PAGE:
Unfortunately, for so many of the Japanese, this is as close to the joy and hope of Jesus Christ as they will ever get.  While they look forward to the Sakura each year, and the new life these blooms usher into the world, they cannot look forward to the resurrection, and the true life which God will usher in by it.  They look forward to the new creation of Spring, but they cannot look forward to the new creation of God which is assured to Christians through the resurrection of Jesus Christ. 

In Romans 8:11, Paul tells us “If the Spirit of him who raised Jesus from the dead dwells in you, he who raised Christ Jesus from the dead will also give life to your mortal bodies through his Spirit who dwells in you” (ESV).  This is the real hope of new life that God wants the world to enjoy, and it is the hope that my family is excited to share with the people of Japan.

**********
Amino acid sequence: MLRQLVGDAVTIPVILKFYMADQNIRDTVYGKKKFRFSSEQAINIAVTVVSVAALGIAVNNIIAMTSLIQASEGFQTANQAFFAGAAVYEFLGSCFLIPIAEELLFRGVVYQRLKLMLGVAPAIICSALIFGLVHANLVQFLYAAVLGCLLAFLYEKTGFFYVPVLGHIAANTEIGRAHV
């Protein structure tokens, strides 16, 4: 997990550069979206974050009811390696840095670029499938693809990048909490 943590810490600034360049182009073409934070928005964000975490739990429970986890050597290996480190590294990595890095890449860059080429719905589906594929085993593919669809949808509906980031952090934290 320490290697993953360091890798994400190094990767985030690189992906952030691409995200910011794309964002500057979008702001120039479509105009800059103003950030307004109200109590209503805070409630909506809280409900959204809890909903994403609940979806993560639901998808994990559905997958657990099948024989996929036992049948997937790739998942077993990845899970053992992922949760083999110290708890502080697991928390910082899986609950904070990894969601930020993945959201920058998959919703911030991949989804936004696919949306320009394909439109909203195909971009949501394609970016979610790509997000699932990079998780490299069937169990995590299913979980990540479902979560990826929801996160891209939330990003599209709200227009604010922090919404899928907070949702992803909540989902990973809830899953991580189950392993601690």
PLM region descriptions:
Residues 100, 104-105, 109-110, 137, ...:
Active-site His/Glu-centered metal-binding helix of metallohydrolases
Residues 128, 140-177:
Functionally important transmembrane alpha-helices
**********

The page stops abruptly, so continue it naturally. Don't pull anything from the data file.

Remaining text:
It is because of verses like Romans 8:11 that I am convinced that no person can enjoy the Sakura season as much as the Christian.  Despite all the beauty the world sees, the Christian sees so much more.  For the Christian is not only reminded that Winter is over or that death has given way to life, but that death itself has been defeated by the King of Kings and that because of this, we will enjoy a season of life which will last for eternity.

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If you would like to partner with us in sharing this joy with the Japanese, please check out our 30 X 30 Challenge Page - your support really can make the difference!

Click Here For The 30 X 30 Challenge Page

Thanks for reading!